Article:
To help implement his plan, Power will have a coaching staff of former OIHC players. The other coaches will be:
▪ Ben Leonard, class of 2002 and OIHC captain 2000-02.
▪ Scott Loehring, class of 2002 and alternate captain 2001-02.
▪ Brandon Poignee, class of 2006 and captain 2004-05, alternate captain 2001-02.
▪ Bill Shacklady, class of 2006 and captain 2005-06.
▪ Alex Pennebaker, class of 2009 and alternate captain 2008-09.
“We walked the same hallways and wore the same jerseys, so we relate well with the players,” Power said. “They can even go in school and see our pictures and talk to Mr. (Rich) Bickle (O’Fallon Township High School principal) about it, and they enjoy that.”
The team should start training on the ice at its new home rink, the McKendree Metro Rec Plex in O’Fallon, sometime next month.
“The hours are going to be great, and we won’t have to drive all over creation — to Alton or Granite City and other venues — to see the team practice and compete,” said board member Hagarty. “We will be able to stay where we live, for the most part.”
A national coaching reputation
Since 2005, Power has been an integral component of USA Hockey Coaching Education seminars, which are held at various locations across the country.
“On behalf of USAH, I was half of a two-man staff asked to help the Romanian Federation revamp their player development and identification processes along with coaching education,” Power said.
Romania went on to achieve a good deal of success in the International Ice Hockey Federation, Power said.
“The U-20 team took home both a gold and bronze (medals) in the past two years, while the U-18 team won both a silver and a gold, respectively,” he said. “I was asked to be part of the coaching staff for the U-18s last year, which won their first silver medal in the nation’s history for that age group. All four tournaments, my goalies have won tournament MVPs.”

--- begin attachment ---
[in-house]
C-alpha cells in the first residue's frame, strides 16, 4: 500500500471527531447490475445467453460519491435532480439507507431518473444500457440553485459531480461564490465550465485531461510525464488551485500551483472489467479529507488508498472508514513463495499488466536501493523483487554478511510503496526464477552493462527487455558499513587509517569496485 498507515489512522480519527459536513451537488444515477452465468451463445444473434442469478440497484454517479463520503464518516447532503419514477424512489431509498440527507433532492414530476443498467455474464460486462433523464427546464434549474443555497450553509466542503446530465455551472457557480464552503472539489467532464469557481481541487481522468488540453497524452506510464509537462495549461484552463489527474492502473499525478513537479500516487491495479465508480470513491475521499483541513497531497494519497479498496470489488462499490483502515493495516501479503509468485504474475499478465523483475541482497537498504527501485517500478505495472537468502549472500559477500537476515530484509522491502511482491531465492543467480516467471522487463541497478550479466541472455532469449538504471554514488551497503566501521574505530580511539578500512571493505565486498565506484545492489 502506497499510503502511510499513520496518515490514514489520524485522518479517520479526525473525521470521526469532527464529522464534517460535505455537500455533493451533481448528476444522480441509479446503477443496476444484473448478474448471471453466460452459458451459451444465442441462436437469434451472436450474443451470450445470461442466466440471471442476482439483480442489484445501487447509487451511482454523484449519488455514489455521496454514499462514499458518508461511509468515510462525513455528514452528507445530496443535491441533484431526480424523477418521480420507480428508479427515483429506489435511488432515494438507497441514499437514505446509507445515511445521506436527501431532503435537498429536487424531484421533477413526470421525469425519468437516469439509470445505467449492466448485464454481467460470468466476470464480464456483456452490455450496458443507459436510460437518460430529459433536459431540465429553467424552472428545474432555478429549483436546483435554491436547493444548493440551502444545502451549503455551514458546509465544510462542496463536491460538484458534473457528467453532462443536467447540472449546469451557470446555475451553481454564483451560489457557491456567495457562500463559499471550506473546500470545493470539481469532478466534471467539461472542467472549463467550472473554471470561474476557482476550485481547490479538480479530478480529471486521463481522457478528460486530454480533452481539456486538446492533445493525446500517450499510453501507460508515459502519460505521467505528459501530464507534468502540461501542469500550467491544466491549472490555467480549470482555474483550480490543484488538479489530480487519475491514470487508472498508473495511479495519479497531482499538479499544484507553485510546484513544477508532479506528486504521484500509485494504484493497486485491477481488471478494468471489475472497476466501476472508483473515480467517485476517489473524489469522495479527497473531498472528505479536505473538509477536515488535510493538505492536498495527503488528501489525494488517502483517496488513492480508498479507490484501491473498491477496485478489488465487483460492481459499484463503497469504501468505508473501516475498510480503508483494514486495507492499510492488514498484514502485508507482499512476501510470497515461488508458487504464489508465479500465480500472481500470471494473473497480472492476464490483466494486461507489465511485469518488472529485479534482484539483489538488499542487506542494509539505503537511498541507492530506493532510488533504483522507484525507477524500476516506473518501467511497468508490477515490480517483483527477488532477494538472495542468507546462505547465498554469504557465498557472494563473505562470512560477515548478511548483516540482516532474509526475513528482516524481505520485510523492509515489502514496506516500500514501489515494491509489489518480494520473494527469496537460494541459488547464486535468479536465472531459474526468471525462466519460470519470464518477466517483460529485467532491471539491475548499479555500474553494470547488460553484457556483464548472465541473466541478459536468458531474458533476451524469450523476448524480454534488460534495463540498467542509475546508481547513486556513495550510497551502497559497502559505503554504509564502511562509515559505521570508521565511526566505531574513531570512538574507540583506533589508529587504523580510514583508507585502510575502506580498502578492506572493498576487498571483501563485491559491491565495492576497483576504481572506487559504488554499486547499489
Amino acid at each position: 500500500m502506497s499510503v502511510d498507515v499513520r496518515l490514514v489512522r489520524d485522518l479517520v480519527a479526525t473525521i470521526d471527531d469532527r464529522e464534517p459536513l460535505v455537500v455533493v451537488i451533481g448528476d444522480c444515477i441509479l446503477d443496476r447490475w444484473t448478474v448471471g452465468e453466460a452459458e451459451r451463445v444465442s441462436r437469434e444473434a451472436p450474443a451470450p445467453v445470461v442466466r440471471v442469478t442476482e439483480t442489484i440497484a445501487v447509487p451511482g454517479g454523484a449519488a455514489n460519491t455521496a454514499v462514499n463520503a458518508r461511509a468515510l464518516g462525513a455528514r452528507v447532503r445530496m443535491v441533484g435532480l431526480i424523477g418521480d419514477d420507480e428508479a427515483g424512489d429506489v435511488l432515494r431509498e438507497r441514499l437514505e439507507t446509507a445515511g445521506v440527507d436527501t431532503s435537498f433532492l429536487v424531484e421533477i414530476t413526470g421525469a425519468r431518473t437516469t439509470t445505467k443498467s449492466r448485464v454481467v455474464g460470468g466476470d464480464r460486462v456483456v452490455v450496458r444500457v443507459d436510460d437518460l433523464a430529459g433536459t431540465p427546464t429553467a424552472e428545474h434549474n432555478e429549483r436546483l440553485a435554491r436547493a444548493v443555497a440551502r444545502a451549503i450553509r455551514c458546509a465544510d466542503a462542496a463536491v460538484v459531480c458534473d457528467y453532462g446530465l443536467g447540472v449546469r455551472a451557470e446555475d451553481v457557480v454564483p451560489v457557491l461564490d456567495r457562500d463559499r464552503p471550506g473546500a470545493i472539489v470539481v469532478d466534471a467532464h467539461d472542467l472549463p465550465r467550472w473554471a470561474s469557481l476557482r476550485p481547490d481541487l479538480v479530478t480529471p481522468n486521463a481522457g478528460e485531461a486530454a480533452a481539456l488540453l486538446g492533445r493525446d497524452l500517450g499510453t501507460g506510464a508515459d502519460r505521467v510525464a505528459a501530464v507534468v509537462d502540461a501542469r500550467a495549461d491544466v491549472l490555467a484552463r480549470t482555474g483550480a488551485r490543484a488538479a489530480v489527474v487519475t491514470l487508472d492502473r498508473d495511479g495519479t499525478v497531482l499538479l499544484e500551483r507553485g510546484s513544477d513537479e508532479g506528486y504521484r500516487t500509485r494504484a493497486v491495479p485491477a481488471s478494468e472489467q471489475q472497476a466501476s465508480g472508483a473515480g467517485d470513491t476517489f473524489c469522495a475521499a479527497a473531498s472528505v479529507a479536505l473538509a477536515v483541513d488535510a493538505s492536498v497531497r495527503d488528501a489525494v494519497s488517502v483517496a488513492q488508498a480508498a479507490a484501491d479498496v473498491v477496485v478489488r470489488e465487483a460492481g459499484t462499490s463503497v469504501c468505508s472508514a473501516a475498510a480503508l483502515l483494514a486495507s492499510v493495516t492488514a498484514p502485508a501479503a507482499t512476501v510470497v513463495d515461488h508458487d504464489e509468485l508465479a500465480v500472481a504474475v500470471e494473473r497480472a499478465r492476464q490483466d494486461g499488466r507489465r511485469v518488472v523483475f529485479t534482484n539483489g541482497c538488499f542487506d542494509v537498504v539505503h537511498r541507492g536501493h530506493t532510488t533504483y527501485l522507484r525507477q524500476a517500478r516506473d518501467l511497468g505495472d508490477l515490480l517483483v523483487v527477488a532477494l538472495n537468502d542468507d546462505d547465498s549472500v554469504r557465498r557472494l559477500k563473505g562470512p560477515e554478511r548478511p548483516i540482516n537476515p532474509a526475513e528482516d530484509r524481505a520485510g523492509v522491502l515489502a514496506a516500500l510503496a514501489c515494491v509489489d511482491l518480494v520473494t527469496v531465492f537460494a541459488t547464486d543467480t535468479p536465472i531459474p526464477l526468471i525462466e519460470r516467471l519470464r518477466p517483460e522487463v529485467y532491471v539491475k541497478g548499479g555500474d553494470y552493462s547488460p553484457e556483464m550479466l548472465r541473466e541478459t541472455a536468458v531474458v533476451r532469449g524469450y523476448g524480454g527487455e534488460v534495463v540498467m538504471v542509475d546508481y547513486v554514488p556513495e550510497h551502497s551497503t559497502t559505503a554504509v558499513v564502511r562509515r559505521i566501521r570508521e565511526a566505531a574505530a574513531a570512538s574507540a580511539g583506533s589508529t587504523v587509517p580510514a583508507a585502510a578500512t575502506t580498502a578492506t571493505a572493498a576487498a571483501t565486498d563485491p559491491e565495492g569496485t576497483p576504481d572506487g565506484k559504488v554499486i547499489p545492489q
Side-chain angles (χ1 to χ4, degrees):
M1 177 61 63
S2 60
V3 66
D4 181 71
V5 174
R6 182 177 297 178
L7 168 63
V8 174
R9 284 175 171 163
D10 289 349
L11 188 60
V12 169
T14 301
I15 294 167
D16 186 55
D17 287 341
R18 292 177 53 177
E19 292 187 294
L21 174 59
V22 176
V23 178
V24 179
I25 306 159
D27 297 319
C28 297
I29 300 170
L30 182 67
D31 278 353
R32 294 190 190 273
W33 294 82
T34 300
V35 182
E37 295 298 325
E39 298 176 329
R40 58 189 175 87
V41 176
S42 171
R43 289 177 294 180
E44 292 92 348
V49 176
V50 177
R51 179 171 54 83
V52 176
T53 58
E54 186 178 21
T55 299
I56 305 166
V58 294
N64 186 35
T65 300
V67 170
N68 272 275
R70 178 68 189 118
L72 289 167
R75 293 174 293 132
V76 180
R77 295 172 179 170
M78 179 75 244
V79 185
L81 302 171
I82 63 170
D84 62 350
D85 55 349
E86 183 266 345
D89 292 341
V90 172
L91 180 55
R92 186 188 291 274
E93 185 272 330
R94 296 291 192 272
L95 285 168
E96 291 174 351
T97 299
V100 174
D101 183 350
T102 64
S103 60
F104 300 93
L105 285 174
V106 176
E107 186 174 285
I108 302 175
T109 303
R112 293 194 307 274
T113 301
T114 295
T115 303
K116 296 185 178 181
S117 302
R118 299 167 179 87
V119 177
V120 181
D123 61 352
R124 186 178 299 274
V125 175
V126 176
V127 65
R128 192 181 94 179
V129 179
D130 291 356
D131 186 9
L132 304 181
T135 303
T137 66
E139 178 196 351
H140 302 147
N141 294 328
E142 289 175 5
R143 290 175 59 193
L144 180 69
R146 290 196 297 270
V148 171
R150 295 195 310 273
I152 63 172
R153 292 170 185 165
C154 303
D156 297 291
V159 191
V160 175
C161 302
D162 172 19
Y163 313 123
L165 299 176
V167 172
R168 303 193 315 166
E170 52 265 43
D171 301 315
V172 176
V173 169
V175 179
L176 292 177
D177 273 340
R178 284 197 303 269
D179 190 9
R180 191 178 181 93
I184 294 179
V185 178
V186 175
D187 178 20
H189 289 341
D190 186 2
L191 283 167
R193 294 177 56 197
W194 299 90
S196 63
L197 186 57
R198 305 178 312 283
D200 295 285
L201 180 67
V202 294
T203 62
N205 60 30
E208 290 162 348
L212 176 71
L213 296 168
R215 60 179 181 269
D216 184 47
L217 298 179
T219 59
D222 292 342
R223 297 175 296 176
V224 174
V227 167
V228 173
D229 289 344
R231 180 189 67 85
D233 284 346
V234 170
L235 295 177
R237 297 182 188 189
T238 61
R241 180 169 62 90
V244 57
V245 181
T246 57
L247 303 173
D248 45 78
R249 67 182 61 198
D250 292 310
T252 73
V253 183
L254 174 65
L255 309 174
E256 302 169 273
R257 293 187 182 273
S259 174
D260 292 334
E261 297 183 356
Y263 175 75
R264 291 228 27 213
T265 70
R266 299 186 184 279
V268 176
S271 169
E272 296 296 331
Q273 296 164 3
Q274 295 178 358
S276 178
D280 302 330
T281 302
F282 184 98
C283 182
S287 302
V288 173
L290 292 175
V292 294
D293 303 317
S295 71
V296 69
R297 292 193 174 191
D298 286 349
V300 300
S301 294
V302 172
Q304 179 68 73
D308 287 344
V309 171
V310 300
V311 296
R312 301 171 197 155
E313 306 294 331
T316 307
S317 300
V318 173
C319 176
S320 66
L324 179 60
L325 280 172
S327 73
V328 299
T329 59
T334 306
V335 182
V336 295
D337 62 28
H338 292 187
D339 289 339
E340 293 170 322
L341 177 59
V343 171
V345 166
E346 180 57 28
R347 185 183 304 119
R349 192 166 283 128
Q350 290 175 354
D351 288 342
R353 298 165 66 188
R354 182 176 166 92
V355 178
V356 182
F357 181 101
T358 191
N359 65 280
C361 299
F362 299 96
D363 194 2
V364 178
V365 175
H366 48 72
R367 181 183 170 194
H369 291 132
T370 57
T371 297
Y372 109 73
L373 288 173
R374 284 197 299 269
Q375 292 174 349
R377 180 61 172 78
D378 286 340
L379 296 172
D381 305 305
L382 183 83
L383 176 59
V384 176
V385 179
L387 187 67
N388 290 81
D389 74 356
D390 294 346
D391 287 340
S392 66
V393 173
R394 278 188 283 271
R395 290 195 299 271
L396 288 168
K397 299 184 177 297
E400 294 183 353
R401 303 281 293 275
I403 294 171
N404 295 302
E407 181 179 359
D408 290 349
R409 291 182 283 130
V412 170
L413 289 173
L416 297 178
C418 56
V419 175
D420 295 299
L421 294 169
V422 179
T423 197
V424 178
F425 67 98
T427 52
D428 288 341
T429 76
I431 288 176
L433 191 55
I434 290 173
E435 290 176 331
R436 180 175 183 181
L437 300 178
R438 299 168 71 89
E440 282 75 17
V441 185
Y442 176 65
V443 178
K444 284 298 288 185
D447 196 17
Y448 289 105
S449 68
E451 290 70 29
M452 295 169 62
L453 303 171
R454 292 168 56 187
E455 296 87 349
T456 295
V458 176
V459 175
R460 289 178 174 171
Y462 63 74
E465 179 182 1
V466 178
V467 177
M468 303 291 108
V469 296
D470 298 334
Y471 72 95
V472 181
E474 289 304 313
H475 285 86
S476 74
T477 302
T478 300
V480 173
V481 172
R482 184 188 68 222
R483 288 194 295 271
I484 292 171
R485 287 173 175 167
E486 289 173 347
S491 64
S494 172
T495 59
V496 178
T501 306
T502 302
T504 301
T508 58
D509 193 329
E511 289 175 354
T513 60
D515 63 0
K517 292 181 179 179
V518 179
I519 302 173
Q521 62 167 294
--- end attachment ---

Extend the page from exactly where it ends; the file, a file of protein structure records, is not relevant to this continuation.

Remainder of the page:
Power has been a participating coach in the USAH National Festivals since 2012.
He has also worked as a coach at various USAH festivals, all the way up to the national festivals, which feature the top 180 players per birth year from across the nation, as well as 30 coaches from across United States Hockey League, NAHL and NCAA.
“With a focus on player development and identification, (I) see annually 1,500 or more players nationwide,” Power said.
Power was assistant coach for the Springfield Junior Blues from 2010-12, handling team operations and running the defense and goal-tending development. His other duties included included video coaching, scouting and business relations within the community.
“Playing a 65-game season, plus playoffs, we moved over 30 players into NCAA hockey at both the Division I and III levels,” he said. “(The) team changed ownership groups at the end of the 2012 season, where I remained in a scouting roll.”
Power helped reboot the Southern Illinois Ice Hawks Hockey Midget program back in 2002 and has helped more than 70 players find schools in the American Collegiate Hockey Association.
He is also the former vice president and director of hockey operations and created a “grow-the-game” campaign that saw more than 1,000 kids participate in a floor hockey program in the O’Fallon, Shiloh area for the 2016-17 school year.